In recent weeks he has pressed ahead with great signs of confidence (although the public relations razzmatazz of his launch, when he opened himself to ridicule from Labour as “Postman Pat,” was a mistake). Many attempts have been made by the opposition to stir up the “Scottish experience” in the introduction of the community charge in England but they have made little headway. In particular Greenwich’s attempt to “stop Gummer’s leaflet” proved ineffective and very expensive (no doubt the good burghers of that borough will not mind paying for it). The public response to the community charge in England has been much more muted than in Scotland and it really does begin to look likely that the nightmare will not happen after all. The earlier careful thought that went into the planning of the charge at the Department of the Environment — whose officials knew better than anyone else that the rates system was beyond redemption — is beginning to pay off.
Many local Conservative associations are reporting that, taken overall, the simplicity of the community charge (everyone pays the same) is a positive feature; the argument that local authorities will be made more accountable to their voters through the tax is beginning to be looked at more carefully — it was used as a campaigning point by the Tories who recently won control of Bradford. Mr Gummer’s most pressing problem now is to persuade the press that they have been deprived of the “story” they have become so used to writing on the new tax; maybe he should point them towards an alternative scare story for this mid-term Government (there are, surely, many to choose from).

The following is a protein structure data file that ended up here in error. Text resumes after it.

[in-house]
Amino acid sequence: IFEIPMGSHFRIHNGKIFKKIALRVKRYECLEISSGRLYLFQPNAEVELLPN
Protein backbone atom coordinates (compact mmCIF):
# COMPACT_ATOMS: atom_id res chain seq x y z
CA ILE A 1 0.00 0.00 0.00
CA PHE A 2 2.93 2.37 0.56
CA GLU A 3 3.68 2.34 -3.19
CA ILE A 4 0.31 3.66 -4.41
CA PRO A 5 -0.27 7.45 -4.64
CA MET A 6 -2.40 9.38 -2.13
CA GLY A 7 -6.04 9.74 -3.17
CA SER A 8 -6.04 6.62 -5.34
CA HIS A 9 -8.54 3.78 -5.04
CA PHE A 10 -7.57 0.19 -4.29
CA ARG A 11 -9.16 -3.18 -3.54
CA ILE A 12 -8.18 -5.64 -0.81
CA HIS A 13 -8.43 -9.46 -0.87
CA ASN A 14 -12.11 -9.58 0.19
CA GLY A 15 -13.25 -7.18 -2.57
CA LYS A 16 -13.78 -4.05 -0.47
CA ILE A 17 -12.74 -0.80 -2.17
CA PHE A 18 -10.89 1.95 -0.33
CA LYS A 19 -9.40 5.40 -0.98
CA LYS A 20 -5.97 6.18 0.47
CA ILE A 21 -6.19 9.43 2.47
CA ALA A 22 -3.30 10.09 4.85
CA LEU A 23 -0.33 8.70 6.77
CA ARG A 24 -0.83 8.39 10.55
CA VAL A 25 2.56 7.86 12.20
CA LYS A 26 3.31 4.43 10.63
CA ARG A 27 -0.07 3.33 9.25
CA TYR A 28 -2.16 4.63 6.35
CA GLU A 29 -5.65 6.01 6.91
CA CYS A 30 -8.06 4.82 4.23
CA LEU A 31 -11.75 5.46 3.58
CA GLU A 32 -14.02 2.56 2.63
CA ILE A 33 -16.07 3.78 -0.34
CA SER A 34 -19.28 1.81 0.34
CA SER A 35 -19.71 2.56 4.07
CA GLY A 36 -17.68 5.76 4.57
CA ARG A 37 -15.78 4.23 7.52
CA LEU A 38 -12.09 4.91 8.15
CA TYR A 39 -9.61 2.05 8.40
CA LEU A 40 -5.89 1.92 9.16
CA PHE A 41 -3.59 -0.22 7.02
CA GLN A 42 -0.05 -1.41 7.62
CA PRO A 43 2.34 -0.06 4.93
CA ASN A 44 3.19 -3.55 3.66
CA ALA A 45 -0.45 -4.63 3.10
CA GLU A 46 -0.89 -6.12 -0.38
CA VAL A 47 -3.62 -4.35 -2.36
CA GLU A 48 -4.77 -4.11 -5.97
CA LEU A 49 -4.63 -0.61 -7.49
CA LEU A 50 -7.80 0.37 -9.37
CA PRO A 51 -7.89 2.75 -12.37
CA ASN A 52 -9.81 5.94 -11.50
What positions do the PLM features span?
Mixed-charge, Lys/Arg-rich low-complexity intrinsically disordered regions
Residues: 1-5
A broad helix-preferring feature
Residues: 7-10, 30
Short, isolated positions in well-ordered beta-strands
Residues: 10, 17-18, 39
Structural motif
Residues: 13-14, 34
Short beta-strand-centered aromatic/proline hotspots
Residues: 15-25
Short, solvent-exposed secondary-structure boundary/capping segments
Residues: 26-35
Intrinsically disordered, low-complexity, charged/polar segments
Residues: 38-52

That would leave him with only one further problem; for the surest sign that political opinions of the community charge have changed is the growing number of institutions and individuals who are lining up to take the credit for it. Among these have been the Adam Smith Institute — well-known boasters — who have taken to claiming in their literature that they “invented” the charge. More significant, however, have been the gentle noises coming from Mr. Kenneth Baker (who ran the original working group that set out the terms of the new tax) that he would be quite happy to take the credit for this necessary reform done as painlessly as possible. Mr. Gummer would do well to keep a closer watch henceforth on his political friends who have an eye to the future rather than his political opponents with their eye on the past.